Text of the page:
It embraces the belief in the existence of Jesus Christ and in Jesus being the son of God, but is also open enough to raise such questions as whether Jesus was black, whether God could have a female form rather than the bearded caricature exhibited in cartoons like “The Simpsons,” whether Mary actually was a virgin when she gave birth to Christ, and whether Christ actually had some siblings. The movie does not bring up such topics in a sacrilegious way; it is obvious that Smith is not trying to mock Catholicism (he was, and is to this day, a practising Catholic). Rather, it simply has an open mind. Because the Bible is said to be God’s words transcribed via forty different men, the truth is that if God truly does exist and truly did offer the wisdom and morals accounted in the Bible, it is truthfully possible, maybe even likely, that mistakes were made in the transcription. Believing that a book so large and being recorded by so many different people was captured exactly as narrated is a very large leap of faith in itself. All Smith’s screenplay suggests is that, while God’s messages were captured in the Bible, perhaps a few details were incorrectly recorded – and then offers alternate theories and interpretations.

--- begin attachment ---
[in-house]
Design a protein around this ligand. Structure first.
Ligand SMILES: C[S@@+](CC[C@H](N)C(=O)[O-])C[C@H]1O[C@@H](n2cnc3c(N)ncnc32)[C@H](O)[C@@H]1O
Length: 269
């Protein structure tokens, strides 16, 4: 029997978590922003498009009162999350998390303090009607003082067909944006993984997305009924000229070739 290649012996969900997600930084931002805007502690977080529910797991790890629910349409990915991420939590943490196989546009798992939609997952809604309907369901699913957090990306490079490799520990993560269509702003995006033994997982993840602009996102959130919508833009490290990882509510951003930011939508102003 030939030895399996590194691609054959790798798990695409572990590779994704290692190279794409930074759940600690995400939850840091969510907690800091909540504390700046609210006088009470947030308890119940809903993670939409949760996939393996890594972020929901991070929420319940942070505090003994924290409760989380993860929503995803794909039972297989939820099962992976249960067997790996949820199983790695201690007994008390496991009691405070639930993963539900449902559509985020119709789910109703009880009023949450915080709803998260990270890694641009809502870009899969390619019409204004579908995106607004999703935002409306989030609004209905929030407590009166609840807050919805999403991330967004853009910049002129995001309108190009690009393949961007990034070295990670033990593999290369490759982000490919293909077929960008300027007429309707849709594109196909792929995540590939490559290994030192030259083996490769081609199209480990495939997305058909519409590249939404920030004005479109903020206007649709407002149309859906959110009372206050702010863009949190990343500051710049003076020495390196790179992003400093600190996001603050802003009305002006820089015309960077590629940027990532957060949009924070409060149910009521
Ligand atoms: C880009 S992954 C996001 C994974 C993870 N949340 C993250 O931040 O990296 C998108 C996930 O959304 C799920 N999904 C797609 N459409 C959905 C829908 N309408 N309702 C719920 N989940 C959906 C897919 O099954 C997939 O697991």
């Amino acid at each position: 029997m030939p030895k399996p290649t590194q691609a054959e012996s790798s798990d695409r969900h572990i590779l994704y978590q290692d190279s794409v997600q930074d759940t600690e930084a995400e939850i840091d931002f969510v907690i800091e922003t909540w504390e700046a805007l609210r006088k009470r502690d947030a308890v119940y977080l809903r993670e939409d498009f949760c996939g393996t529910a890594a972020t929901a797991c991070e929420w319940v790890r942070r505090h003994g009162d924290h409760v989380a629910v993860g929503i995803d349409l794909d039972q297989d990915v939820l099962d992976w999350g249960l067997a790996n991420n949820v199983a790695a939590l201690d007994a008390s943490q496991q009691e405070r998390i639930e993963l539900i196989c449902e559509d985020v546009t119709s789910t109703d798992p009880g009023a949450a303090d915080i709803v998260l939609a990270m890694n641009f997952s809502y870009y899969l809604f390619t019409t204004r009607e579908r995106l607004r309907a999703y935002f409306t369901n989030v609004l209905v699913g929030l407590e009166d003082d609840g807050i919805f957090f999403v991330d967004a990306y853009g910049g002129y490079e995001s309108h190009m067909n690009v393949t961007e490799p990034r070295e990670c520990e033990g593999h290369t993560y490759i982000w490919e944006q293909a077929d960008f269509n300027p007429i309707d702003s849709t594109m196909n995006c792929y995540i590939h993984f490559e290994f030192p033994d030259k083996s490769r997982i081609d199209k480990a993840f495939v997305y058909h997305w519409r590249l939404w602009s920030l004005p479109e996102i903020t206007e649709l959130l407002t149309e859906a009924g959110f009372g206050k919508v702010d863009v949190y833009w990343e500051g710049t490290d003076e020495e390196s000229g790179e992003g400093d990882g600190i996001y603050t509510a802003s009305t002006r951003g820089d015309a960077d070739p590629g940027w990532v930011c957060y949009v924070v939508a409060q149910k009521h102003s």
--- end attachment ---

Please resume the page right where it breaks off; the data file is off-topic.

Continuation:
Dogma changed my views. I am no longer strictly an atheist. When it comes down to it, I am not arrogant enough to assume that I know there isn’t a supreme power, because there could be. Some may view my stance as fence-sitting, but I simply don’t believe one way of the other. There are so many things that support religion and so many things that disprove it. Dogma made me realize that it is naive to blindly believe anything. I thus am now not a Christian, a Jew, a Buddhist, a Hindu, or another religious denomination, but I am not strictly an atheist anymore, either. I don’t actively believe there is a higher power, but nor do I strongly believe that there isn’t. I simply don’t know. All I know is that I live my life in much the same way religions preach and that I am a good person, and beyond that, who’s to say? If nothing else, Dogma taught me that simply accepting something blindly is worse than making a wrong but educated choice.